There is another question to be asked here: If the BJP is on shaky ground when it comes to opposing dynasty, then why does Modi keep restating his objections to it, even if he now uses a more limited form of those objections?


   Well, that’s because not being a dynast is one of the surest things Modi has going for himself. Every time he attacks dynasty and family parties, he reminds us yet again that he is a chaiwallah, a man with no inherited advantages who came out of nowhere to lead a newly aspirational India. And that much is certainly true. Unlike many other people in today's politics, Modi is self-made. So, he probably thinks: Why not leverage that achievement into a seemingly principled rant against dynasty in general?


   Plus, as anyone who listens to Modi knows, he still defines himself in terms of the Congress. He is the un-Nehru, the alternative to what he suggests were decades of corrupt family rule. So of course, he has to go on and on about dynasty, no matter how many dynasts the BJP admits and no matter how many alliances it seeks with what he calls ‘family parties’.


   The irony in all this is that Modi got it right the first time. Dynasty is one of the biggest evils in Indian politics. We have seen what it has done to the Congress, but its damaging effects go far beyond any single party. Dynasty does not just turn politics into a family business, but it also makes it a closed shop that keeps out those with merit and ambition.


   In most Western democracies, people from outside the system can enter politics and rise to the top. That’s how Barack Obama, an African-American from a non-political background, was able to become President of the US. That is how people from East Africa, whose families came to the UK relatively recently (Priti Patel, Rishi Sunak, etc.), are able to occupy top posts in a Conservative government. That’s how Sajid Javid, whose family came from Pakistan and whose father was a bus driver, can become one of the UK’s more experienced ministers.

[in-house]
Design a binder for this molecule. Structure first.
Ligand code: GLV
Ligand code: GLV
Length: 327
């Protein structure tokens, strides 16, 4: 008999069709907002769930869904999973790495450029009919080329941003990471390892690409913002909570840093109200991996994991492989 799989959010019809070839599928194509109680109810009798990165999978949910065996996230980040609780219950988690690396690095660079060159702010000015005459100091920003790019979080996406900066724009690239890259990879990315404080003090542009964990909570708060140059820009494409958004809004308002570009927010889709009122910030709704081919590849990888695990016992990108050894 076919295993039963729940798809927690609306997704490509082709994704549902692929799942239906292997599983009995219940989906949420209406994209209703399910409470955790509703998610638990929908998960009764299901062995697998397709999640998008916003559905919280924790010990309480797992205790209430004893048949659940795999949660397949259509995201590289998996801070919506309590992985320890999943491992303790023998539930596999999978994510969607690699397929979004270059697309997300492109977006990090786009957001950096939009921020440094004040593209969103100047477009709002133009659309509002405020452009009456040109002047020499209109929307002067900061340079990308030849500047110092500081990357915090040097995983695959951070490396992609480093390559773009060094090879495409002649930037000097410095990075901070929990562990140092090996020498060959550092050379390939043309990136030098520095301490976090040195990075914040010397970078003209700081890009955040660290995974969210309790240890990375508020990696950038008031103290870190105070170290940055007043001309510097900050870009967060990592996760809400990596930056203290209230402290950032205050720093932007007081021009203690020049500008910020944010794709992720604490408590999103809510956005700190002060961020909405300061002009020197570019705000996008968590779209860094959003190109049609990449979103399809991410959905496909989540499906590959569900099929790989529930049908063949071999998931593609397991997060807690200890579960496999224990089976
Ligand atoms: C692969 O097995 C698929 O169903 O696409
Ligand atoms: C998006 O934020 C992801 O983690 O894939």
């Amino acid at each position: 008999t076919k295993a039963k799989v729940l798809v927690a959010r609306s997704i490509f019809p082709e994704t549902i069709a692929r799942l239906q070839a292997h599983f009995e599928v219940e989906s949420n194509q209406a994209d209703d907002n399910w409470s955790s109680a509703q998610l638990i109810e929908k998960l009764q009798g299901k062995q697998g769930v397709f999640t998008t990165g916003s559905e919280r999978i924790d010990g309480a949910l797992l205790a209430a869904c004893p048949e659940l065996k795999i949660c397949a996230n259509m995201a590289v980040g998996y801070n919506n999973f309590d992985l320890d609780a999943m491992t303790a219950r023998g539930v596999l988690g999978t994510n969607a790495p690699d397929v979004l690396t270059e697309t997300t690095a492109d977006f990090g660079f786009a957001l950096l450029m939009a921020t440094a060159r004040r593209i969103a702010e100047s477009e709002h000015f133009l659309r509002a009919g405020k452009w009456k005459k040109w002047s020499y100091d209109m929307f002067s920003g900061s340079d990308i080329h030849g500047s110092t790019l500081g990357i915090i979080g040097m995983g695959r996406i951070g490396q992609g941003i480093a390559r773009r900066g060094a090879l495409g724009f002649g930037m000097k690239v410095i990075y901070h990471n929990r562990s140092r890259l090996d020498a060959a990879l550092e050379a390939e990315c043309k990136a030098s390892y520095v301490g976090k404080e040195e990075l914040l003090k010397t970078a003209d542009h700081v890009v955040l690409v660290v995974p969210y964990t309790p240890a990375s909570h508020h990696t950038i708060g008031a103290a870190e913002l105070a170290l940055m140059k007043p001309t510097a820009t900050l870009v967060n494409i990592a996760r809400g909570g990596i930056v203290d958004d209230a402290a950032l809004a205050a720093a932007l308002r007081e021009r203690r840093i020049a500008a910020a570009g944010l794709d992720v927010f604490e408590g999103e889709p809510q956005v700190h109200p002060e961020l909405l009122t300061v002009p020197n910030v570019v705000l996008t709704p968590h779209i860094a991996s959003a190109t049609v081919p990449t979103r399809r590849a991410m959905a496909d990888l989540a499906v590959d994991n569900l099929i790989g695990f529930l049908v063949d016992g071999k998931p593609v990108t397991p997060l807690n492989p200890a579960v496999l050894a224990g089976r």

In India, Modi is the exception, not the rule. In more and more political parties, it is impossible to get to the top unless you are born into the right family. But it gets worse: Even the second and third rungs of leadership in many parties are occupied by people who come from political families. They joined politics not because they believed in any ideology, but because it was a family calling.


   Despite the many contradictions in the BJP’s own approach, Modi is right when he says that the dynamics of any democratic system are altered when family becomes the determining factor in deciding who will get ahead. It is nobody’s case that the first generation of politicians in post-Independence India was perfect or that they always made the right decisions. But it is hard to deny that they were of a far higher moral calibre than today’s politicians. These were men and women who were either moved by the spirit of the freedom struggle or those who started at the bottom of the political pyramid because they believed that they could make a difference and change things for the better.


   There are still people like that in today’s politics, but their number is shrinking. Why would anyone want to join a political party if they knew that no matter how hard they worked and whatever they achieved, their leaders would always be snot-nosed kids who were born into the right families? And that the highest they could rise was to the post of Chief Chamcha?


   That, ultimately, is the irony of Modi’s more and more nuanced position on dynasty. He says the right things in speeches and interviews. But each year, his party moves closer and closer to doing the complete opposite.


   In dynasty, as in so much else, the BJP has come to believe that it is politics as usual that gets you ahead.



Posted On: 17 Feb 2022 01:55 PM